With Help From Volkswagen, Kraftwerk Relives Autobahn
Kraftwerk, the German techno pop group that improbably came to fame in 1974 with "Autobahn," an almost lyric-less piece of synthesizer music, has come back for a grand eight-show retrospective at MoMA. The lead-up to their premiere last night was highly anticipated, with tickets being resold for huge amounts online. What they were buying into was a specific presentation of Kraftwerk, with curatorial and advertising agendas.
TDF. Image courtesy of Sprueth Magers, Berlin and London. © Kraftwerk
Wearing black body stockings with the day-glo green drawing of a perspectival grid on them, the four performers stand at podiums symmetrically arranged at the front of the stage erected in MoMA's atrium. Behind the band is a large projection screen. Occasionally, the performers bop a little to the beat, but mostly they are stationary, bent over the podiums and adjusting synthesizers. They almost never make eye contact with the audience or even look up. The action is on the screen behind them.
Each of eight performances is devoted to one of eight albums, performed chronologically, beginning last night with Autobahn. The opening also included a sampler of the rest of the shows. With the exception of one spurt of digitized black-and-white film footage showing a fashion show, the videos are computer-generated. The "Autobahn" of the group's breakthrough looks like a video game highway or a backdrop for a stationary bicycle. In several songs, musical notes float around. The video for "Radio-Activity" shows the internationally recognizable sign for radioactivity, animated so that it streams colors outward, like the sun. Sometimes these video extras feel like touring add-ons for studio-produced music; other times, they work well, as in "Computerworld," where undulating sheets of rapidly changing numbers were a perfect match for the minimalist but provocative lyrics: "Business/Money/People." The projections are supplemented with 3D glasses.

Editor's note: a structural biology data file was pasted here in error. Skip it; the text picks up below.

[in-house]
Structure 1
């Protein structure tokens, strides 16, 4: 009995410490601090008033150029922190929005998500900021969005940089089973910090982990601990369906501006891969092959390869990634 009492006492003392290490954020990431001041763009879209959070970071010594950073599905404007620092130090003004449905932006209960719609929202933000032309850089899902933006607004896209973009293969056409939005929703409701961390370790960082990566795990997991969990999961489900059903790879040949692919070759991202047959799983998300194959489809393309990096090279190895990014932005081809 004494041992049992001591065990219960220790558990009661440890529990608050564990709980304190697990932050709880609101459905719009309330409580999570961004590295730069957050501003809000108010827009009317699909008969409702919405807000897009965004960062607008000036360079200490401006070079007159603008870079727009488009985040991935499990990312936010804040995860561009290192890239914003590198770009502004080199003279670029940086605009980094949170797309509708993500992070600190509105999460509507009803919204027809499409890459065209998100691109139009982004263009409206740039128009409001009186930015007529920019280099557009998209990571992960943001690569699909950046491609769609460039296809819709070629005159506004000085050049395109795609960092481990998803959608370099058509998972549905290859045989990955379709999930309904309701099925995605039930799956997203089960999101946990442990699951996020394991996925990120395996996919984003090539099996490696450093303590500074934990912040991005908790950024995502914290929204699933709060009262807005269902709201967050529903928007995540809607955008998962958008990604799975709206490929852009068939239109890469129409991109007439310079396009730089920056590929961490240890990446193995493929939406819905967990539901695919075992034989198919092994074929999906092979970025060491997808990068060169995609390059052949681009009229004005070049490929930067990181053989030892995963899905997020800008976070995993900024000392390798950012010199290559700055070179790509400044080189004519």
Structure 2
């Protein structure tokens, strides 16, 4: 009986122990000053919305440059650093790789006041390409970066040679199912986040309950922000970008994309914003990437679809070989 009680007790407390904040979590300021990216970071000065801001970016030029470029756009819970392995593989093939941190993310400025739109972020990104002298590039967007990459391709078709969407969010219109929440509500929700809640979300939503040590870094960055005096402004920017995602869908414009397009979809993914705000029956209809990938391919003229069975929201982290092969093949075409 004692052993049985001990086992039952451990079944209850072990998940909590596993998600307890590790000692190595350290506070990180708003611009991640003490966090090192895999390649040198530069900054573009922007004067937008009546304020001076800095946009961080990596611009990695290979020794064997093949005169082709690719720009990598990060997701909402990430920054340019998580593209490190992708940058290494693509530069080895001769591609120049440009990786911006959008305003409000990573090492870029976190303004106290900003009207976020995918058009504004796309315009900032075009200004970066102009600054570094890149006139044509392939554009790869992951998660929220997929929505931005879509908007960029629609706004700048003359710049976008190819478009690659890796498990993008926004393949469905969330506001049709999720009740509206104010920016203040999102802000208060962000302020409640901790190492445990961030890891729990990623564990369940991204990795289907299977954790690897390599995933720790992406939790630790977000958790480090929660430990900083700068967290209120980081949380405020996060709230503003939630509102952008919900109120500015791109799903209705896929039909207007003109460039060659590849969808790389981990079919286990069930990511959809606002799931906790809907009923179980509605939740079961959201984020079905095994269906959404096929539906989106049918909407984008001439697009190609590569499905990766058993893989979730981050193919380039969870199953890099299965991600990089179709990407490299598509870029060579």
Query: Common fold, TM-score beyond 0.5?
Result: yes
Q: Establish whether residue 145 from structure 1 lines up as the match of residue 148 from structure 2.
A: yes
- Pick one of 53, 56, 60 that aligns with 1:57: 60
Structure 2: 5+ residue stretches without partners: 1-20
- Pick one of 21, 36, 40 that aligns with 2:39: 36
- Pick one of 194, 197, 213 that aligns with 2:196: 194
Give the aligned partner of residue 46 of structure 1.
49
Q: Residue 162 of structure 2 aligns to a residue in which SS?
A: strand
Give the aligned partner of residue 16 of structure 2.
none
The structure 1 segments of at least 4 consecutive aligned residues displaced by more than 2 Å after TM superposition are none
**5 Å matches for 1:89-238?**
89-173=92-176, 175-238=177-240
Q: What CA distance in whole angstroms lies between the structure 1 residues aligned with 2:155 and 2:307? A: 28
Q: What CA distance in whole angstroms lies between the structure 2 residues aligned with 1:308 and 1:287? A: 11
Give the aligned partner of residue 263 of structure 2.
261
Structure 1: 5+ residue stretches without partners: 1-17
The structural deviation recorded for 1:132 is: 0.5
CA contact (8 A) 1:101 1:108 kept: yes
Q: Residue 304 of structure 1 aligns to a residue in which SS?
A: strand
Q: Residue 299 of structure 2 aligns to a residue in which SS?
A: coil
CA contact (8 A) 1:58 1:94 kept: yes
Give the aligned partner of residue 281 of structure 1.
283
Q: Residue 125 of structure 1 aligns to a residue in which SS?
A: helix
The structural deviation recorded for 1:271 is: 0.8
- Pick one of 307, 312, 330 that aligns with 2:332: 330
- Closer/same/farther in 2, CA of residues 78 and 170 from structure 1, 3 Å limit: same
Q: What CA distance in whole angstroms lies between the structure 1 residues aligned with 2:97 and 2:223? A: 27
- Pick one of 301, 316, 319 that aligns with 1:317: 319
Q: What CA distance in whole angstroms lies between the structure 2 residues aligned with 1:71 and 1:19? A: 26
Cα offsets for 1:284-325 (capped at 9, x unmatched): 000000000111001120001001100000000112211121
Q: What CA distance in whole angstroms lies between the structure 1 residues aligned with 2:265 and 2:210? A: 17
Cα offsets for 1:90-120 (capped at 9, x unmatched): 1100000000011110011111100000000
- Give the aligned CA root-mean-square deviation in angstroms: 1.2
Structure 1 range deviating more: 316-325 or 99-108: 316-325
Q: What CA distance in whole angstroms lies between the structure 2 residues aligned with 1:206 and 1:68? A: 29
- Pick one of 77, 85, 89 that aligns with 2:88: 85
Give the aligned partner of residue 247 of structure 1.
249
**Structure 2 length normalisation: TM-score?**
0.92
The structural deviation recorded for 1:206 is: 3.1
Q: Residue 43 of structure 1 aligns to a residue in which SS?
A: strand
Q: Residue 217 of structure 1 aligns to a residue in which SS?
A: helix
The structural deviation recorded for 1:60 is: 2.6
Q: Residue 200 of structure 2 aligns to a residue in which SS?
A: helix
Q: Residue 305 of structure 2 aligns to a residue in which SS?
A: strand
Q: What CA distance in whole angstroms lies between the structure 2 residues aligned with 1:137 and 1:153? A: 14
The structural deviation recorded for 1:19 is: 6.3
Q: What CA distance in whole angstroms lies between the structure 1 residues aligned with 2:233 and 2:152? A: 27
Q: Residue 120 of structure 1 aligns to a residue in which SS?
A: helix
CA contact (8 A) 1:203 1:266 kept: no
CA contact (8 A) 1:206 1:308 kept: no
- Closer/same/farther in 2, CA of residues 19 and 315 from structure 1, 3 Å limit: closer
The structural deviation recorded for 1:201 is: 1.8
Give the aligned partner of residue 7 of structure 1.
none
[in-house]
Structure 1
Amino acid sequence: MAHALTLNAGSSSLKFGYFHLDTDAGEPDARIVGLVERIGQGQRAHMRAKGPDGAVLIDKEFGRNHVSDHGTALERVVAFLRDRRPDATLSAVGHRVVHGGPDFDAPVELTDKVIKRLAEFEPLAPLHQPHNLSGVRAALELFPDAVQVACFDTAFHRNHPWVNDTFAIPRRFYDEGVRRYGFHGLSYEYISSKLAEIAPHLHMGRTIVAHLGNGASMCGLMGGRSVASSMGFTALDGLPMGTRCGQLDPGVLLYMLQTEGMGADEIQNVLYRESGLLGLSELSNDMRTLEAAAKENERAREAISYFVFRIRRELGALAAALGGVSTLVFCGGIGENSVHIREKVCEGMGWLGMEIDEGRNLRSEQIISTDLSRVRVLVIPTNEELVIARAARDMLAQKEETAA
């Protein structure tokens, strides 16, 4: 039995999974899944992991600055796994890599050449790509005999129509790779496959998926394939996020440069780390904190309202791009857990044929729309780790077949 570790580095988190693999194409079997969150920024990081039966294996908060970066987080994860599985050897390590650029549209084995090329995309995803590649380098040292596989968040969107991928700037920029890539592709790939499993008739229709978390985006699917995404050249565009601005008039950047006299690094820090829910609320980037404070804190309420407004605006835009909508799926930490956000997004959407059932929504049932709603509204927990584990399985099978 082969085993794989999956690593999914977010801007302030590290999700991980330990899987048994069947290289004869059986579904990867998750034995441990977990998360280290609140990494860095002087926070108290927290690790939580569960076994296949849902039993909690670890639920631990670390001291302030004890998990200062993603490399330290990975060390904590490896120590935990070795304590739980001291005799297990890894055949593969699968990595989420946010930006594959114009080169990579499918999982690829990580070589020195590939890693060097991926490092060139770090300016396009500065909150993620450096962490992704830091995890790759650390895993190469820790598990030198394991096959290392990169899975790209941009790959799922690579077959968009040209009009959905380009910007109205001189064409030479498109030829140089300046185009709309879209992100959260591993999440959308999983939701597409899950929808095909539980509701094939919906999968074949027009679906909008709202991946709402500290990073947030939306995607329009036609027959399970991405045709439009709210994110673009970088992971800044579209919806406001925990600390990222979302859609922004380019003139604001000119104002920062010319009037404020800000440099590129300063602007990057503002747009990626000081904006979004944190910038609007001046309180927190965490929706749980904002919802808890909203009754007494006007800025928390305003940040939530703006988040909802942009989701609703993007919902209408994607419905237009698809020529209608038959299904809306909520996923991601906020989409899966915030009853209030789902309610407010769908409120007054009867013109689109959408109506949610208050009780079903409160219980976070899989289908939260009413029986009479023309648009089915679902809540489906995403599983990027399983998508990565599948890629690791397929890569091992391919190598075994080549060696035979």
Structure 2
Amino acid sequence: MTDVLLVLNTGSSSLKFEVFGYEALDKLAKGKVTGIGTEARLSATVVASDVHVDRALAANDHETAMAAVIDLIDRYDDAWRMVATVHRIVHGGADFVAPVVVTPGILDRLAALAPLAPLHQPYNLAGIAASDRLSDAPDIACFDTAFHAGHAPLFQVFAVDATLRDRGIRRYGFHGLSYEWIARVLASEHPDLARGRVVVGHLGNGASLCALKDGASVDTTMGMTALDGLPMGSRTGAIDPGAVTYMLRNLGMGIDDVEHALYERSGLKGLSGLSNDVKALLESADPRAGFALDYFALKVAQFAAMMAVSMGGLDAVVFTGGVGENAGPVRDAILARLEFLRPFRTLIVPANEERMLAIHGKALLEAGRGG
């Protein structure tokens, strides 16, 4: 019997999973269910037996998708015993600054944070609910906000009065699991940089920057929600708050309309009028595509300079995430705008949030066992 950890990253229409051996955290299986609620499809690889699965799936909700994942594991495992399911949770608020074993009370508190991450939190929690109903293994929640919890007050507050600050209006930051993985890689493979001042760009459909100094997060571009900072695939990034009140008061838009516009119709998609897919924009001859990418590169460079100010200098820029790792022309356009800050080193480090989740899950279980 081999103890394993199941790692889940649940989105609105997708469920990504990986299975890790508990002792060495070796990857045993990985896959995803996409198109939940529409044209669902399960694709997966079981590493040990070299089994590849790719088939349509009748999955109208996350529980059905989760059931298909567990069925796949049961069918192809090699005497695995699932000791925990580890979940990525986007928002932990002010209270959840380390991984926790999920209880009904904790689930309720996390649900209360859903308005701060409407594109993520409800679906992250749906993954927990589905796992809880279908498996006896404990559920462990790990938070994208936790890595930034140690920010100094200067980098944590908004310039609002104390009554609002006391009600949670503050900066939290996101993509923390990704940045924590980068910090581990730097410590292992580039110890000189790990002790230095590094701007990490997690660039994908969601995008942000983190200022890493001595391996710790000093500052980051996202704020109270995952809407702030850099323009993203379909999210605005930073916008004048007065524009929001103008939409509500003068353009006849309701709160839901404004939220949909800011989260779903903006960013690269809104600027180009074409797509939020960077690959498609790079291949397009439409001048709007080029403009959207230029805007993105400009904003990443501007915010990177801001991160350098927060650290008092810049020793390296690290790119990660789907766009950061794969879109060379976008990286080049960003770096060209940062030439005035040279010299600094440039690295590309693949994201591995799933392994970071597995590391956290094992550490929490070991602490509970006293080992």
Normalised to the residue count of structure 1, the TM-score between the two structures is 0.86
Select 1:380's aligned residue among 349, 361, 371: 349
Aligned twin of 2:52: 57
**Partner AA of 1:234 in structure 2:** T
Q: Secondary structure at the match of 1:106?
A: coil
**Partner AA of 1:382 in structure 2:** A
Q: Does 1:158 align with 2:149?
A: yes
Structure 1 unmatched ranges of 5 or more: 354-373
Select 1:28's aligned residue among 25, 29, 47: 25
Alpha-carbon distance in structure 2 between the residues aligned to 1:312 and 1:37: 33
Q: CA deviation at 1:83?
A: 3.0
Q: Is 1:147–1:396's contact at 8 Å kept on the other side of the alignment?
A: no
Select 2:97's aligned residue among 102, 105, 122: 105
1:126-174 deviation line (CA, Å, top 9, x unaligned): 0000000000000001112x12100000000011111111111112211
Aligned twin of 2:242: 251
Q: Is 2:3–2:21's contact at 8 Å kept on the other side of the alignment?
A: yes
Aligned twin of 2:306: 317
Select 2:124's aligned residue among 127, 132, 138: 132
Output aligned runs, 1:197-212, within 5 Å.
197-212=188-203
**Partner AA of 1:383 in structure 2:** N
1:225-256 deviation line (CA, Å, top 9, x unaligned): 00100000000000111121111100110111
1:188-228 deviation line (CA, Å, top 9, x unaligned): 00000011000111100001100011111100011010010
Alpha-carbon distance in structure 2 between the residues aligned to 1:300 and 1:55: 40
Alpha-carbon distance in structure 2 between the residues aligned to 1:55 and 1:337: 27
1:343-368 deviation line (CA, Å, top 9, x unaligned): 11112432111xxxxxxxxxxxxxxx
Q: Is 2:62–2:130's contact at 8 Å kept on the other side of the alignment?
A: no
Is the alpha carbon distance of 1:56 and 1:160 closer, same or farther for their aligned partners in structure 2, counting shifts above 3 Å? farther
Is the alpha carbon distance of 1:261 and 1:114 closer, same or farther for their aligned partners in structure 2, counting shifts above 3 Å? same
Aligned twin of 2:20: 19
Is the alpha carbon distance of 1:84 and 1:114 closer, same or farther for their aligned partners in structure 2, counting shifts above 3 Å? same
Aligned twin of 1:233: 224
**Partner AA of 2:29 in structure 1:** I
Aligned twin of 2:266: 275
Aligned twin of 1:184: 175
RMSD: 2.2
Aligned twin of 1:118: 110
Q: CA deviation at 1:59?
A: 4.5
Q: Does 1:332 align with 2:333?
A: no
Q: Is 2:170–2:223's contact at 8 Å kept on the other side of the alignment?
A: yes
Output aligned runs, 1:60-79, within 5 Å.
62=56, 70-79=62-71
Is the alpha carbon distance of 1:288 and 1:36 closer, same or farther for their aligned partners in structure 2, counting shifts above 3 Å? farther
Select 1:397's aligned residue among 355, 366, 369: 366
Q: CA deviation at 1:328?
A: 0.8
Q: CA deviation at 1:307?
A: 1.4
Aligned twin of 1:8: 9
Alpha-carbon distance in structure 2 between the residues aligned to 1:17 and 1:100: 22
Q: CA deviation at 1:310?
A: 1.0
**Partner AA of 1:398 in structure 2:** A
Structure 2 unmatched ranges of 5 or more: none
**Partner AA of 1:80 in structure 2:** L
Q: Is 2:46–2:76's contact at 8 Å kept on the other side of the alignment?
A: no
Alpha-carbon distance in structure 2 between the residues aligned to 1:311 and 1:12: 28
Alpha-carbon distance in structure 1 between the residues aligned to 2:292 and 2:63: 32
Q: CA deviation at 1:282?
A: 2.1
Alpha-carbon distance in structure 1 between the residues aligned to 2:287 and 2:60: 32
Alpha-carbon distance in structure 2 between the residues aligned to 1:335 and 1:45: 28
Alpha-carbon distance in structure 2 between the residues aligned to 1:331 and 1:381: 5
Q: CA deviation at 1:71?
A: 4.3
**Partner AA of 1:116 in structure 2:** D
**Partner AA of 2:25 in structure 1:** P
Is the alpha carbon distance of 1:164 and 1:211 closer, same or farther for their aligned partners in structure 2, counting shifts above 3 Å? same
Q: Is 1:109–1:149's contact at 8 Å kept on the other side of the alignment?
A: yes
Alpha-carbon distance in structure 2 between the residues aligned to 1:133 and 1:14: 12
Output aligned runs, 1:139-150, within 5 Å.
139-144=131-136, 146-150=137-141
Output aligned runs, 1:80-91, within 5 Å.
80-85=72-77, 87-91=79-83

Kraftwerk's subject matter and its aesthetic are firmly grounded in modern industrial society; its name means "power plant." The music is all machine-made, though it incorporates spoken text and some mild singing by Ralf Hütter, who founded the group with Florian Schneider in 1970. Transportation, as a symbol for optimism, leisure, commerce and regularity, is a recurring theme, from the train in "Trans Europe Express" to the bicycle of their last album, 2003's Tour de France.
The studied banality and sanitized images of driving that make "Autobahn" seem ironic in other contexts assume another dimension, however, in the MoMA presentation, which is proudly sponsored by Volkswagen. The cute VW bug that cruises along the featureless simulated highway of Kraftwerk's video accompaniment looks like upscale advertising. The museum has to get its money from somewhere, but the all-too-clear payoff in the lengthy and adoring 3D animation of the sponsor's product raises real concerns. (To be fair, a vintage Mercedes also gets some screen time during "Autobahn.")
MoMA bills the Kraftwerk program as "the first time-based artist retrospective," which might be an inoffensive booster if it hadn't sold Marina Abramovic's retrospective with the same gimmick. ("The Artist Is Present" is still described on the MoMA web site as a lifetime of "ephemeral, time-based, and media-based works.") Not to mention MoMA's own film department, which has held numerous retrospectives.
No chairs for Kraftwerk: opening night required two hours of standing in the atrium, shoulder to shoulder. For those who couldn't get tickets, the band's elaborate and well-developed web site has extensive music and video clips, plus T-shirts, etc.
In the MoMA lobby, four Kraftwerk robots are on display, and in its press release, MoMA perplexingly tries to distinguish its presentation from other Kraftwerk museum shows "staged as concerts."
Opening Apr. 12, MoMA PS1 is rolling out a Kraftwerk audio/visual show in their new performance dome in the courtyard, through May 14.